OCAD University
Understanding Systems
Alejandra Farías, Amy Morrell, Martha Chomyn, Nicole Brkic, Razane Hanna

Winter, 2021

Research, use of Systemic Design Toolkit, systems mapping, graphic work.

A systemic analysis of consumerism to map out the stakeholders, loops and motivations in order to identify potential intervention points towards breaking away from this complex cycle.

a. Iterative Inquiry

This tool helped us to start framing our project boundaries, allowing us to examine what propels consumption, who the
actors are that drive it, how it is realized, and ultimately, the goal of this system at large.

Function. What is being producted.  A single purchase can evolve into an identity and values.

Structure. Who is involved. Starting with the consumer, expanding to include the media, organizations, retailers, and eventually regulatory bodies.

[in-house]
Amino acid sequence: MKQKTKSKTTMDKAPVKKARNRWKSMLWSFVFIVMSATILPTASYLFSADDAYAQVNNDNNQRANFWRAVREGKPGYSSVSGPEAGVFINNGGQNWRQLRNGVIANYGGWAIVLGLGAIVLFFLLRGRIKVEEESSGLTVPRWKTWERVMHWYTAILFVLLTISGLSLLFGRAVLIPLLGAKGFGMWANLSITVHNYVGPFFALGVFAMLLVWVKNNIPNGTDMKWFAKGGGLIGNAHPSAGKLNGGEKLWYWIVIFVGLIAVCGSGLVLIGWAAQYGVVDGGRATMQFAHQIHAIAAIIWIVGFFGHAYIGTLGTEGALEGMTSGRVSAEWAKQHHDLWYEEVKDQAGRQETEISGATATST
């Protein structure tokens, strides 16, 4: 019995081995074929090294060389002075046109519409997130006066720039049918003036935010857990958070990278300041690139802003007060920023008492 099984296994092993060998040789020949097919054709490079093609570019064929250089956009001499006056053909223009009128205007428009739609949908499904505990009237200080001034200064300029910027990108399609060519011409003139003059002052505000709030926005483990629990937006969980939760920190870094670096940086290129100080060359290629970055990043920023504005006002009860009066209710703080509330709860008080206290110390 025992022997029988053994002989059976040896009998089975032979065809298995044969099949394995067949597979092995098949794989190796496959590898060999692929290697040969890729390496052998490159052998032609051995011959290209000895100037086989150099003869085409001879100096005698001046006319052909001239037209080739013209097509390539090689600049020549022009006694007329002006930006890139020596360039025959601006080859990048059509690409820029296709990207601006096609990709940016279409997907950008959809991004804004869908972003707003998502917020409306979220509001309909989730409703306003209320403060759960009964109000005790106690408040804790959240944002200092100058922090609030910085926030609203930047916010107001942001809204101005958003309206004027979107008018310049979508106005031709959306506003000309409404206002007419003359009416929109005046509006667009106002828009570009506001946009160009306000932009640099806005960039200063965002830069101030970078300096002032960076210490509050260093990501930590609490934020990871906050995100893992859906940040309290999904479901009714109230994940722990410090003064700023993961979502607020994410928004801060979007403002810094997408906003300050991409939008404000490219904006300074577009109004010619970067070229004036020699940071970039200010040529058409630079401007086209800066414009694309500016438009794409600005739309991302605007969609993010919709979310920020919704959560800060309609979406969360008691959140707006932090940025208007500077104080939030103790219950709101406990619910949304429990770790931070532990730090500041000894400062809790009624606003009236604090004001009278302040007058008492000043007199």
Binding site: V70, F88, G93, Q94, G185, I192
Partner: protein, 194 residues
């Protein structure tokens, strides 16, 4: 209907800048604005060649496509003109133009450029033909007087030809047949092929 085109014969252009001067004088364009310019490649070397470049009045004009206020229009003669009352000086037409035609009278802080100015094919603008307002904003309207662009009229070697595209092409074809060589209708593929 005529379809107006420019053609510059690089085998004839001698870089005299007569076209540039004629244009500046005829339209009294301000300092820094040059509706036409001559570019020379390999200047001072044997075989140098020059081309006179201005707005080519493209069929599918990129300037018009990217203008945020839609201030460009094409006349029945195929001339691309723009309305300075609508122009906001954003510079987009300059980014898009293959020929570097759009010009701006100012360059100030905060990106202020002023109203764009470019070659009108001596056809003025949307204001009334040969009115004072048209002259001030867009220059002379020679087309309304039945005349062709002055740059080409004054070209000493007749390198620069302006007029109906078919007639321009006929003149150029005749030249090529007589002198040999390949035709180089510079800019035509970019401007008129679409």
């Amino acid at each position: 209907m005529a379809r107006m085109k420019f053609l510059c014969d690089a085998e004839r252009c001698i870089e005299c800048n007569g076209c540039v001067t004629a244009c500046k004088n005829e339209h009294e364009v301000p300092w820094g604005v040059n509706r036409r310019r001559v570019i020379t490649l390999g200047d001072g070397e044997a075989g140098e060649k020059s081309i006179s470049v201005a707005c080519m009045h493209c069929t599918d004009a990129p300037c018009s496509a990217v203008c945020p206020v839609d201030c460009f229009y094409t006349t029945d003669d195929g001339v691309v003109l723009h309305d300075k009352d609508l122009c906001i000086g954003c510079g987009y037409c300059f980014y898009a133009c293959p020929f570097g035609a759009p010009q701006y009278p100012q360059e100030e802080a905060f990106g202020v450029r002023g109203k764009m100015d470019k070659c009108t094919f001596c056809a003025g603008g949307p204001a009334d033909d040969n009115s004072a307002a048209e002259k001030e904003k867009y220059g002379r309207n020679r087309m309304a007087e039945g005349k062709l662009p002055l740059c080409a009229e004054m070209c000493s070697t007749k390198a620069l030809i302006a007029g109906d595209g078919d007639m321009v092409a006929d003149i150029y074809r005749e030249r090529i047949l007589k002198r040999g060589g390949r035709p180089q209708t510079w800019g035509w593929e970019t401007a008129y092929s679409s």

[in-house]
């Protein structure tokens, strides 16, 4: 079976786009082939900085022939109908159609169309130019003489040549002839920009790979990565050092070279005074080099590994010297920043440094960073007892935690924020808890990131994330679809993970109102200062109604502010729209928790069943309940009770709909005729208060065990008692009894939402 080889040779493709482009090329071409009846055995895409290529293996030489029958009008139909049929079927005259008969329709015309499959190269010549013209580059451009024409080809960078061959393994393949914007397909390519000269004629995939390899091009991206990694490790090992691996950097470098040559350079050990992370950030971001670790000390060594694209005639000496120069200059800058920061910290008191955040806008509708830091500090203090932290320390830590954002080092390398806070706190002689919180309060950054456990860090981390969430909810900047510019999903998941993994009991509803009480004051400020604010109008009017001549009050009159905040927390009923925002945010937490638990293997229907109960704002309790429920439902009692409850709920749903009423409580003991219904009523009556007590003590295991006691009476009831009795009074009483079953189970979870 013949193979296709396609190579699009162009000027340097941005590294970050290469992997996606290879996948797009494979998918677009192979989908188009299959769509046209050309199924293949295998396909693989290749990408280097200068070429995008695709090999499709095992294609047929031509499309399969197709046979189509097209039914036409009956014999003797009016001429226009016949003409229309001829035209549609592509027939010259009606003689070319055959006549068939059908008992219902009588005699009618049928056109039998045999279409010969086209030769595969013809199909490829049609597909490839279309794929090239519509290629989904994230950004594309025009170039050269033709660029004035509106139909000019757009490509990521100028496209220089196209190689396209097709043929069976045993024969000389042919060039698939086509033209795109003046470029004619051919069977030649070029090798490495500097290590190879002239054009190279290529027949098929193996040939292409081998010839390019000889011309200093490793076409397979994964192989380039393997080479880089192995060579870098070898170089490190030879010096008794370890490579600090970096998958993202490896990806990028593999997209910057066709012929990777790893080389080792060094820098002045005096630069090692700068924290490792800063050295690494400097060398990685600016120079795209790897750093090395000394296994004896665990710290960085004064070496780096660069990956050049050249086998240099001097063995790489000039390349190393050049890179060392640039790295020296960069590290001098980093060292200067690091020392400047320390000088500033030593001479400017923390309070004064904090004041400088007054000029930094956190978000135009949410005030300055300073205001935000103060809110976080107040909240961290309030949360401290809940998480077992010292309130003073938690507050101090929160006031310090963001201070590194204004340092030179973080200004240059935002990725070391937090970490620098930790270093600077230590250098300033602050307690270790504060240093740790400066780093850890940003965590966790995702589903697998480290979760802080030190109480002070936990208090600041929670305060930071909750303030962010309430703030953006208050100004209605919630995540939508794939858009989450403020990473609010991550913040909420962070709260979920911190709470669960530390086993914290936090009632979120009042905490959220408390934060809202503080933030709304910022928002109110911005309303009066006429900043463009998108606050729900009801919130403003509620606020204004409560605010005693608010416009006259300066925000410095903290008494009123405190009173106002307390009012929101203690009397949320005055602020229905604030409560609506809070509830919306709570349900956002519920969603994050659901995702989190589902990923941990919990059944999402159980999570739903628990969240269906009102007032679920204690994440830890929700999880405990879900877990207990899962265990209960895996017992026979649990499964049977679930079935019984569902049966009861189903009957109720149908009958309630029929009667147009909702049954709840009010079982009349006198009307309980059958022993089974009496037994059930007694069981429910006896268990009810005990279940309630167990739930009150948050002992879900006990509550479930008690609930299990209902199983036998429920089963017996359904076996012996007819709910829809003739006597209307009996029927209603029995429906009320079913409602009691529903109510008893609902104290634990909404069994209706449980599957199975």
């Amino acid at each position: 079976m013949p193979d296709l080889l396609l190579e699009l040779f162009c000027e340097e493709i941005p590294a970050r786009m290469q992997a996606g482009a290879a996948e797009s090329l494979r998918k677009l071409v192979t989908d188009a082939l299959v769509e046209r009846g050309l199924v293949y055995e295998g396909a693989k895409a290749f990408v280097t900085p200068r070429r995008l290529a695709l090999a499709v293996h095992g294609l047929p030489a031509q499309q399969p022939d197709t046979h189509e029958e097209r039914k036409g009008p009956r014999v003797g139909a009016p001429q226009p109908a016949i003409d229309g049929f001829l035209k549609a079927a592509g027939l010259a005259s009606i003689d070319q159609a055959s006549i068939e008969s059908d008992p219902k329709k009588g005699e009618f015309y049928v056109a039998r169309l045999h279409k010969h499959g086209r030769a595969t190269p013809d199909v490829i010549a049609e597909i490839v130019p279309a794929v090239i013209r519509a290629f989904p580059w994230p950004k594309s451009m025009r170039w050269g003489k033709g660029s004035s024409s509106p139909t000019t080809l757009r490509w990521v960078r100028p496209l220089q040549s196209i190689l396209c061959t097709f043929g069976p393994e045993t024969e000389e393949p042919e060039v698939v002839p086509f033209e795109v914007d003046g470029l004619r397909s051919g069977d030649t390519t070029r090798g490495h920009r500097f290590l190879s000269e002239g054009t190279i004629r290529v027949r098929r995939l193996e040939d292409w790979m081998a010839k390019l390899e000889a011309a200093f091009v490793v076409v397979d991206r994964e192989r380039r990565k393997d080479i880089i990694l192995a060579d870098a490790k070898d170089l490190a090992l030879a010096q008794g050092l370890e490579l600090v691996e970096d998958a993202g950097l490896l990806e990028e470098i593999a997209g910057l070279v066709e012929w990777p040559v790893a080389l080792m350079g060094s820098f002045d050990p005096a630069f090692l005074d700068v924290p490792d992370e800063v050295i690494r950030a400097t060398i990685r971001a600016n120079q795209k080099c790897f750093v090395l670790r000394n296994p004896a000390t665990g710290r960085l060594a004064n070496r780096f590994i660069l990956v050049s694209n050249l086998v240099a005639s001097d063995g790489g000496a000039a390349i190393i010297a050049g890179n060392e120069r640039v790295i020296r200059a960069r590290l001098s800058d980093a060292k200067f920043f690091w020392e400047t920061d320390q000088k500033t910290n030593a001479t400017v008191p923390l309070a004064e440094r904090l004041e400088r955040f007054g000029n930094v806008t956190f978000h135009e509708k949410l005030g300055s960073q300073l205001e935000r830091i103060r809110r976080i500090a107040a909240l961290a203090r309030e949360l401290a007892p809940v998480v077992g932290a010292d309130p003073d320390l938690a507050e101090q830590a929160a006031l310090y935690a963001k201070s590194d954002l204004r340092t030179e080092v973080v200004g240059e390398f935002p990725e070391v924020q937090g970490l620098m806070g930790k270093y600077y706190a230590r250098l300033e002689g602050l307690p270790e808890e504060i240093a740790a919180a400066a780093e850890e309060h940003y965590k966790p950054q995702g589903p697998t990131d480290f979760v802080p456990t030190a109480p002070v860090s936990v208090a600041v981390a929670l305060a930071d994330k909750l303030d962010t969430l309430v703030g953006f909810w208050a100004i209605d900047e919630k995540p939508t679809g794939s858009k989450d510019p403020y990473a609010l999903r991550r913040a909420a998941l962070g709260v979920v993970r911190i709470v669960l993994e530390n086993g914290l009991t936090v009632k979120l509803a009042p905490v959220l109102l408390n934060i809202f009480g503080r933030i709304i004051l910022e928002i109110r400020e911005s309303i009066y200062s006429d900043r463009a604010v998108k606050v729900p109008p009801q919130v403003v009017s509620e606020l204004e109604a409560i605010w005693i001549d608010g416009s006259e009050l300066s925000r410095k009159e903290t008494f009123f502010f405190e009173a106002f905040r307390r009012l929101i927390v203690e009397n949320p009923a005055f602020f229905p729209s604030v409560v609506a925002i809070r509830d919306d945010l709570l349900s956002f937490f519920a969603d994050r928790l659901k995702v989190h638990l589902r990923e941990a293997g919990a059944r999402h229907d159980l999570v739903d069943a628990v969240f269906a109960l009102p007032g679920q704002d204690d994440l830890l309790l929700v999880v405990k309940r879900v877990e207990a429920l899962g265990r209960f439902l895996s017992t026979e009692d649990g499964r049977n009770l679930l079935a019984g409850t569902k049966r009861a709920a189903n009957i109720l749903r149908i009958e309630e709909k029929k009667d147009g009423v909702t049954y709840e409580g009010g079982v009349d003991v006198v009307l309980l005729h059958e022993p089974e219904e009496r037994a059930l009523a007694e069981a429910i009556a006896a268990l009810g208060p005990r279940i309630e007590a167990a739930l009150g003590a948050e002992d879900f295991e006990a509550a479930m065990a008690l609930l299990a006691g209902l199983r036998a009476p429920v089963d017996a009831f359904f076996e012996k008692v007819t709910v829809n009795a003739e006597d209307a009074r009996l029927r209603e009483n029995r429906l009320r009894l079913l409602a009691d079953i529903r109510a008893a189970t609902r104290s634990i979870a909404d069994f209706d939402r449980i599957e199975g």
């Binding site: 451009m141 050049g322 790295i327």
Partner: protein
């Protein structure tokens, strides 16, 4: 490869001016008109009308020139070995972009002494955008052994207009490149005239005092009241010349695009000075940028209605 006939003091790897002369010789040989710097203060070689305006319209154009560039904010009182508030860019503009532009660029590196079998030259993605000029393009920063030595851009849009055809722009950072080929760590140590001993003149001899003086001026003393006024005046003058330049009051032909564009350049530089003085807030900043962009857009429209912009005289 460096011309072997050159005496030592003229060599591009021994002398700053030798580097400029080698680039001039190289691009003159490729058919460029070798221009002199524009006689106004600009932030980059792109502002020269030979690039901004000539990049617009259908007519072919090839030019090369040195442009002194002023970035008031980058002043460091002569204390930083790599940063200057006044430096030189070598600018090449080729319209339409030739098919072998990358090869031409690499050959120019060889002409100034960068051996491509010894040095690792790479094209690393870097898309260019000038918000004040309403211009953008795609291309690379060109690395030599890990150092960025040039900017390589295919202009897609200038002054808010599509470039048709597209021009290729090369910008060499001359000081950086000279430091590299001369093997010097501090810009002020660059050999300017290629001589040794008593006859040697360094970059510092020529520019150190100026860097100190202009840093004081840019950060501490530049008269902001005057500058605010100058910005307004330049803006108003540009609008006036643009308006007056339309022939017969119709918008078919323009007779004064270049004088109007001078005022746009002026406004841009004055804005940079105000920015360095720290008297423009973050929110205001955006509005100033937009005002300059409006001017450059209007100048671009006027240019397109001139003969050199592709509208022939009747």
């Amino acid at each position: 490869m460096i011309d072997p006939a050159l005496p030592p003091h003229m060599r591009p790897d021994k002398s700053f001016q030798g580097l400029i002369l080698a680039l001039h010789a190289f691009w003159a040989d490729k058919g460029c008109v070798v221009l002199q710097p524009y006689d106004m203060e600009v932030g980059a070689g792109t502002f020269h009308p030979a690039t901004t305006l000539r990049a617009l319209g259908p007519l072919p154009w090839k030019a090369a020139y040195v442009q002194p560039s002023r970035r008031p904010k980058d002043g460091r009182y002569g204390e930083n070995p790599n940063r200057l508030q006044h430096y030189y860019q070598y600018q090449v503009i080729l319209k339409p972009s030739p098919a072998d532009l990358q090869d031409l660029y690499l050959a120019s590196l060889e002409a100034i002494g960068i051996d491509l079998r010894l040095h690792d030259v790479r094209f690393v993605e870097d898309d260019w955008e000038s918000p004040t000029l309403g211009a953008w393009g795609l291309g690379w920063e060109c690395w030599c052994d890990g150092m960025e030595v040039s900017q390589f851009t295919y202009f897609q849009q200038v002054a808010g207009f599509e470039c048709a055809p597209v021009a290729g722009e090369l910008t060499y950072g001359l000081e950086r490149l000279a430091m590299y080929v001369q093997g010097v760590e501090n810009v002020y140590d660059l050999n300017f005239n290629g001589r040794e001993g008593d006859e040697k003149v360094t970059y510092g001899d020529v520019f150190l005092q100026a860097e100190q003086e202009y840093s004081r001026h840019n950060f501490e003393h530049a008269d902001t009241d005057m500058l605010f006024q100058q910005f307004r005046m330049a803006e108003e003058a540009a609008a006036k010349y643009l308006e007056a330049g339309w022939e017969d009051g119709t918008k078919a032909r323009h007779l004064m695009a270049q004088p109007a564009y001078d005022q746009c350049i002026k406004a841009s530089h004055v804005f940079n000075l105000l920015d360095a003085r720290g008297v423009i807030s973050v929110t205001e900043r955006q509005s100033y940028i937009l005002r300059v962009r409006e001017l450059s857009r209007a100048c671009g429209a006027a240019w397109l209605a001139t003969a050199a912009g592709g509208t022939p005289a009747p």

Process. How the stakeholders operate. At the micro level, through the actors’ respective channels or shops. In the outermost level, through policies and foreign negotiations.

Context. Why the system operates in a specific way. A pursuit of profit or need satisfaction. 

b. Wheel of life

The ongoing cycle of triggers to purchase which are deeply embedded in our lives. Major events and holidays centered around purchasing have either
been invented, like Black Friday, or bastardized by the encouragement to buy – like Christmas. 

c. Actors Map

At the highest levels of knowledge and power are entities and departments in organizations who report to more powerful entities. Retailers have great influence and power since they choose what to put on the market. The individual consumer receives information from and is influenced by, other actors vying for their attention and money.

Causal Layered Analysis

This tool was used to better understand where the root causes of consumerism may have emerged from in North American society.

The litany section, is what you perceive on the surface as the real problem. One of those is the FOMO (Fear of Missing Out) that propels us to buy more hoping to catch up with those we perceive as having achieved happiness through consumption.